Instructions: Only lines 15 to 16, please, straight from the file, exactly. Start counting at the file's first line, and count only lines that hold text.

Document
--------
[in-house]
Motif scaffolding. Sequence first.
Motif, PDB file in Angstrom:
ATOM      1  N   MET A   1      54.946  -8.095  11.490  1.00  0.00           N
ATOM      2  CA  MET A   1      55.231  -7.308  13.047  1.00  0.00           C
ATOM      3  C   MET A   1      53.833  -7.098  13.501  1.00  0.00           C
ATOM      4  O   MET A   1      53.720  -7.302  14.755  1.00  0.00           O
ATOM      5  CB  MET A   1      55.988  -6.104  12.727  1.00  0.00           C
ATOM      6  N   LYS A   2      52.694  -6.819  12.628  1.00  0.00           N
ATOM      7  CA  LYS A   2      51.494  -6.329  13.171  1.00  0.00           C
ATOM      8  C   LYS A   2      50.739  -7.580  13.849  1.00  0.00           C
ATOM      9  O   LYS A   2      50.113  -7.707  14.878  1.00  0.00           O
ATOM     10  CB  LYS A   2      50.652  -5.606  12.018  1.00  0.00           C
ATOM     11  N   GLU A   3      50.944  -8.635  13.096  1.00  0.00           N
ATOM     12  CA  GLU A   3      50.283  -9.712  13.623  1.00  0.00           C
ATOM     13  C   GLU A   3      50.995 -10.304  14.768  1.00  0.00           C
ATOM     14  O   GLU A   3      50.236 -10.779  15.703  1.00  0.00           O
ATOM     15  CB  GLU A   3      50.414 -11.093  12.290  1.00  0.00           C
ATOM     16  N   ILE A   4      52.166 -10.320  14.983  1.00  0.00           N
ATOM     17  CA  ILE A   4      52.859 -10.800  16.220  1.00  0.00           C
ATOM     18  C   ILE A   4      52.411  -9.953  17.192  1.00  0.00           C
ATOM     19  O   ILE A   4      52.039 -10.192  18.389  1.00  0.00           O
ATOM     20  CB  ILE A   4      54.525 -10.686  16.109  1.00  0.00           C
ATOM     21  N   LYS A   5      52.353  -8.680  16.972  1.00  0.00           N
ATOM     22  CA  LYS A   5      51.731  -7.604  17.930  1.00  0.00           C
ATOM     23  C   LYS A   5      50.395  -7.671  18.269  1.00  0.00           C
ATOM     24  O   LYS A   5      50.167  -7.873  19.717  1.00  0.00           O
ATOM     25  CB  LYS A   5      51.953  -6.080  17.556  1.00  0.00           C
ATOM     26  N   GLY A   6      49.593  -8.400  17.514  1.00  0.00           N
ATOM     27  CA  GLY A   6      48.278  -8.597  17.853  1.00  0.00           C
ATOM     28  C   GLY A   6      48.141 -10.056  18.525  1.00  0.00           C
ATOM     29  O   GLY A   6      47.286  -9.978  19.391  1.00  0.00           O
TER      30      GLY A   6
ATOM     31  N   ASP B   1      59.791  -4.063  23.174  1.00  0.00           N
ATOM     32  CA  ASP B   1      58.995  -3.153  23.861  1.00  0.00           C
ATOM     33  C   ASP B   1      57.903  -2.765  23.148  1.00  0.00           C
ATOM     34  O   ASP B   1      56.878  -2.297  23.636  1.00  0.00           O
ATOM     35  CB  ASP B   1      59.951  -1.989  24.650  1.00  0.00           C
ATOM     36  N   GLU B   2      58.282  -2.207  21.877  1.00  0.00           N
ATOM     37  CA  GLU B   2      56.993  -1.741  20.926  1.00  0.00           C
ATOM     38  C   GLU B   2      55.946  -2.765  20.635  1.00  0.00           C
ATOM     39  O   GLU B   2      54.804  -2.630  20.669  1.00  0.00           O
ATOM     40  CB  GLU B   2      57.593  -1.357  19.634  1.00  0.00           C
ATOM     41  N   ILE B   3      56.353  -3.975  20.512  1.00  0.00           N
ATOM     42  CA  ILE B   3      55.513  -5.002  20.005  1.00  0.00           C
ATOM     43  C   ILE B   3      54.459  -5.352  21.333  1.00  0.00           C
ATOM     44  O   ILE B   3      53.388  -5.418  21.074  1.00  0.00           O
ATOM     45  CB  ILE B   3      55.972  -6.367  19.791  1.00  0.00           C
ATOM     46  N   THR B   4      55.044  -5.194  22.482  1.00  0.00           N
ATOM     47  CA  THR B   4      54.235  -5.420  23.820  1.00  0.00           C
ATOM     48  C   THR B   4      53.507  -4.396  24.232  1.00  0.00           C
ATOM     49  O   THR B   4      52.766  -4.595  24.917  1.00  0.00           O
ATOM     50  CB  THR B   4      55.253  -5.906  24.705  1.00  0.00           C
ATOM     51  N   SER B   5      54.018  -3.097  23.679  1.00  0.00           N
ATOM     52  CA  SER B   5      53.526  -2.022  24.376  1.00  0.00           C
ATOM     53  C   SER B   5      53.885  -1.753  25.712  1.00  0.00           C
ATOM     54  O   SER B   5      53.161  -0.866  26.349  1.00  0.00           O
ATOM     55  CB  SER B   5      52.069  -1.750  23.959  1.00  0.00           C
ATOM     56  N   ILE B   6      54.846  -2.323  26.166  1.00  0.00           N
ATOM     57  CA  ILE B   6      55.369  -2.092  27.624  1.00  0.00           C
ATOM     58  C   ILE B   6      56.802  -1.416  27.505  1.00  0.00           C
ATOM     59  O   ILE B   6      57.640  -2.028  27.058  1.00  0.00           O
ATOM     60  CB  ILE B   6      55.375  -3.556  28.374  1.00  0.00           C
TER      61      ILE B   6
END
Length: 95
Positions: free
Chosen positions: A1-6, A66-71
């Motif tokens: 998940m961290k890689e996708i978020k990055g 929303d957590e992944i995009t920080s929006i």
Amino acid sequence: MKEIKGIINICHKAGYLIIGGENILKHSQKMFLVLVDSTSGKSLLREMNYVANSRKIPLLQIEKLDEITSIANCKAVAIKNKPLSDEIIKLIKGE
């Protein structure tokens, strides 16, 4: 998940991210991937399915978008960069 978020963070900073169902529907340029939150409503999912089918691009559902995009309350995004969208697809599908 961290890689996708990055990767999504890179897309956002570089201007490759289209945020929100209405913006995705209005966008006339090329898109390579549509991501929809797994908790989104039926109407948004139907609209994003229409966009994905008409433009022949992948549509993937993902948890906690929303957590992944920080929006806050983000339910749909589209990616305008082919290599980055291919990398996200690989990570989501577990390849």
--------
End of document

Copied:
ATOM     12  CA  GLU A   3      50.283  -9.712  13.623  1.00  0.00           C
ATOM     13  C   GLU A   3      50.995 -10.304  14.768  1.00  0.00           C